Publishing institution: Copernicus Emergency Management Service (Copernicus EMS)

CEMS is a core service of the European Union’s Earth Observation programme Copernicus. It supports all phases of the disaster management cycle by delivering warnings and risk assessments of floods and forest fires and by providing geospatial information derived from satellite images on the impact of natural and man-made disasters all over the world (before, during or after a crisis). The two Mapping services of CEMS (Rapid Mapping, Risk and Recovery Mapping) are delivering products since April 2012. The Risk & Recovery Mapping provided for example information for preparedness, disaster risk assessment and risk reduction related to earthquakes in Nepal, several post-disaster assessments for flood and fire events, reconstruction and recovery monitoring in Haiti, and multi-risk assessments for the Azores Islands in Portugal. 

CEMS is coordinated by the European Commission (joint coordination between the Directorate Generals ECHO, JRC, GROW). Activation requests are... read more

Recommended Practices

As a means of emergency response after a flooding event or inland inundation, flood mapping helps to estimate the extent of the flood on a large scale. It is a basis of coordinating appropriate recovery activities, rehabilitation and prevention measures for possible upcoming events. This UN-SPIDER Recommended Practice on flood mapping and damage assessment explains the use of Sentinel-2 (S2) optical satellite data from the European Space Agency (ESA), which acquires data in 13 spectral bands. It provides hands-on practice to calculate the Normalized Difference Water Index (NDWI) to determine...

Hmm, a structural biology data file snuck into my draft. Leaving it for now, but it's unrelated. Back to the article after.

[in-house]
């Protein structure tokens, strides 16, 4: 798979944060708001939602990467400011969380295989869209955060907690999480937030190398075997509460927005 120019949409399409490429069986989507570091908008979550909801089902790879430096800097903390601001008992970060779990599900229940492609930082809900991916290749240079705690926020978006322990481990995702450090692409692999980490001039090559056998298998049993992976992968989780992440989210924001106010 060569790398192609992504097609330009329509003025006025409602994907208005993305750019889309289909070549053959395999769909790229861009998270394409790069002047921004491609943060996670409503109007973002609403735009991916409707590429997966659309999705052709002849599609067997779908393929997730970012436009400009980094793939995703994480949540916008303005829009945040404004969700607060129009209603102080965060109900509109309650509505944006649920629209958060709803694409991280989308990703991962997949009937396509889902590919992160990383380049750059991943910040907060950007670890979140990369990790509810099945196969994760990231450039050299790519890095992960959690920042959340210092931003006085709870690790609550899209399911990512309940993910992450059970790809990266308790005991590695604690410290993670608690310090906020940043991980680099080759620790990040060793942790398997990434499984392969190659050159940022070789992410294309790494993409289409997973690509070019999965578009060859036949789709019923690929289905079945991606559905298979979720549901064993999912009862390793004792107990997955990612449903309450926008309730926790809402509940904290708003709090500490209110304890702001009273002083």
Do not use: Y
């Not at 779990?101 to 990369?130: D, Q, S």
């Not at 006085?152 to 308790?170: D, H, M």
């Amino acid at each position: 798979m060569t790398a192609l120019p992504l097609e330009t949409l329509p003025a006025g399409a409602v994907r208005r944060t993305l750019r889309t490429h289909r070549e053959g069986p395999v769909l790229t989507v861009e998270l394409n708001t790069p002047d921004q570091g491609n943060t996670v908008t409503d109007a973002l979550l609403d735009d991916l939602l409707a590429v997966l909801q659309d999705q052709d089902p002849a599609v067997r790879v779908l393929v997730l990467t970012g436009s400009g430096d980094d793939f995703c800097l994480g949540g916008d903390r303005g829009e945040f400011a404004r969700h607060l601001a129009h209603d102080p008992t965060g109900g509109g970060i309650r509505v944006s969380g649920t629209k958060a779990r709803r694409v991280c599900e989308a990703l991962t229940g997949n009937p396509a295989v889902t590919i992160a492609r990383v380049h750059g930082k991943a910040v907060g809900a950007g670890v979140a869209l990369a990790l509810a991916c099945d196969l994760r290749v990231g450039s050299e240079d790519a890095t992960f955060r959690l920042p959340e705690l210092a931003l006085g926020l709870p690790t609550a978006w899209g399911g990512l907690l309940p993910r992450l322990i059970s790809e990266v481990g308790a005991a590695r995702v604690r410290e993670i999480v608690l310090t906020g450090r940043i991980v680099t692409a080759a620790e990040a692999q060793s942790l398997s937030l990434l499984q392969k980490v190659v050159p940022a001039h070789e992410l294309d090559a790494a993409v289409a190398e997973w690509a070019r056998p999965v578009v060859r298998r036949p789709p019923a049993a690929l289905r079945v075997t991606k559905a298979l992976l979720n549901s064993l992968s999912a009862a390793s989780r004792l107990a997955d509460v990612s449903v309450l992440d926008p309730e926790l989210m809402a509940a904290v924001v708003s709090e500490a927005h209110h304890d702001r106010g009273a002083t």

Regional Support Offices mentioned:

Noticias

Logo of the International Charter "Space and Major Disasters"

The International Charter “Space and Major Disasters” has been activated for floods in Venezuela on 15 August and in India on 16 August.

Floods in Venezuela

In Venezuela, persistent heavy rain and swollen rivers have caused severe flooding, which has affected over 10,000 people in the Venezuelan provinces of Amazonas, Apure, Bolivar and Anzoategui. The Orinoco river reached its highest levels in 40 years, leading the river to burst its banks in my places. Local authorities have set up an aerial bridge over the river so supplies of food, medicine and aid can reach the affected populations. Major arterial roads have also been closed, isolating some areas and further hampering emergency response efforts.

The red alert for rain and flooding is set to be in place until the end of August, with further rain forecast in the coming weeks.

The Charter activation was made by Venezuelan civil protection agency “... read more

Publishing date: 16/08/2018

The United Nations Office for Outer Space Affairs (UNOOSA) and the United Nations Institute for Training and Research (UNITAR) Operational Satellite Applications Programme (UNOSAT) have jointly activated the International Charter “Space and Major Disasters” for the recent floods in Lao People’s Democratic Republic on 24 July 2018. UNOOSA activated the Charter on behalf of the country’s Ministry of Science and Technology and Department of Disaster Management and Climate, while UNITAR-UNOSAT activated the emergency mechanism on behalf of the World Food Program (WFP).

At least 20 people have been killed and hundreds of people remain missing after floods struck the country's Attapeu province. The collapse of the Xe-Pian Xe-Namnoy hydroelectric dam released 5 billion cubic meters of water downstream, flooding at least 7 villages and washing away homes.